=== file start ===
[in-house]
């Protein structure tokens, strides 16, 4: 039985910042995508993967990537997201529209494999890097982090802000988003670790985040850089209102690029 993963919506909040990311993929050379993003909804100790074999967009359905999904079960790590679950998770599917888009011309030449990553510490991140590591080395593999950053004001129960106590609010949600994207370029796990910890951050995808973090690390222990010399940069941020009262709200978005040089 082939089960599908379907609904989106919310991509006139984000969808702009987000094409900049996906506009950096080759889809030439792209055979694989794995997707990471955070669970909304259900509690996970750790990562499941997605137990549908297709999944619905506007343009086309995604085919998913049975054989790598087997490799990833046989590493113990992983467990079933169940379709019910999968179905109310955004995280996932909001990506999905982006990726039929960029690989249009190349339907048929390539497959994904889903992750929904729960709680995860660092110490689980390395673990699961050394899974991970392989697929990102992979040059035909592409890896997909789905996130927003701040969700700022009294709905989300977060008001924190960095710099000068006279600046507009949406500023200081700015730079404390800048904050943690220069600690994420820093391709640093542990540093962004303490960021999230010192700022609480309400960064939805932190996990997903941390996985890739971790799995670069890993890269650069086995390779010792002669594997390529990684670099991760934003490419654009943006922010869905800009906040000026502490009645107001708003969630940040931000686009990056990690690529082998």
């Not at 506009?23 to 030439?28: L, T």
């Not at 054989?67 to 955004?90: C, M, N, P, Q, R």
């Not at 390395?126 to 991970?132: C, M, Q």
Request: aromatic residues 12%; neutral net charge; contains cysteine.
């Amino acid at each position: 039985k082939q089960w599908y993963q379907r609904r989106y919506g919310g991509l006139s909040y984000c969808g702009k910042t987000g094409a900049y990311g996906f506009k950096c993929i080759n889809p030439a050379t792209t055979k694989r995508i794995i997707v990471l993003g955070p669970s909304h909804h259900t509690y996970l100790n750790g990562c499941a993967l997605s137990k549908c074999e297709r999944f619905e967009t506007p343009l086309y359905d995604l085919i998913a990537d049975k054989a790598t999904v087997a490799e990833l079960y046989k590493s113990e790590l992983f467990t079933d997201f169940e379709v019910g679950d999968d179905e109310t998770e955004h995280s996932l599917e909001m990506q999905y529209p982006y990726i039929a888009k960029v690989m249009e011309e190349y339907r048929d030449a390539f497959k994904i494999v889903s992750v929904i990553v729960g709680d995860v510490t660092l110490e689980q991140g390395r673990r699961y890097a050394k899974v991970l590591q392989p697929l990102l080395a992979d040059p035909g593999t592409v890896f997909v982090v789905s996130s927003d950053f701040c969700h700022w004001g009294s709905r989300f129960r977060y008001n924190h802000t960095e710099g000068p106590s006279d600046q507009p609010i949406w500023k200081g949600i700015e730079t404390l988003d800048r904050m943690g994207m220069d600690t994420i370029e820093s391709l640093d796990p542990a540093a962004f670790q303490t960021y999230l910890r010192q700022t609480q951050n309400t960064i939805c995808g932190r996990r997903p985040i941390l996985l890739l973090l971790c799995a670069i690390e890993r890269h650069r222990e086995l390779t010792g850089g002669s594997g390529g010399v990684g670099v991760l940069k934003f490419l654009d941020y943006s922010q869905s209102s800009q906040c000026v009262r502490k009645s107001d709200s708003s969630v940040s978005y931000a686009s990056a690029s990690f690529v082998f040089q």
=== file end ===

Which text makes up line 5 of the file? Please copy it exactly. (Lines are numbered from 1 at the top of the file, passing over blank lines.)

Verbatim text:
């Not at 390395?126 to 991970?132: C, M, Q």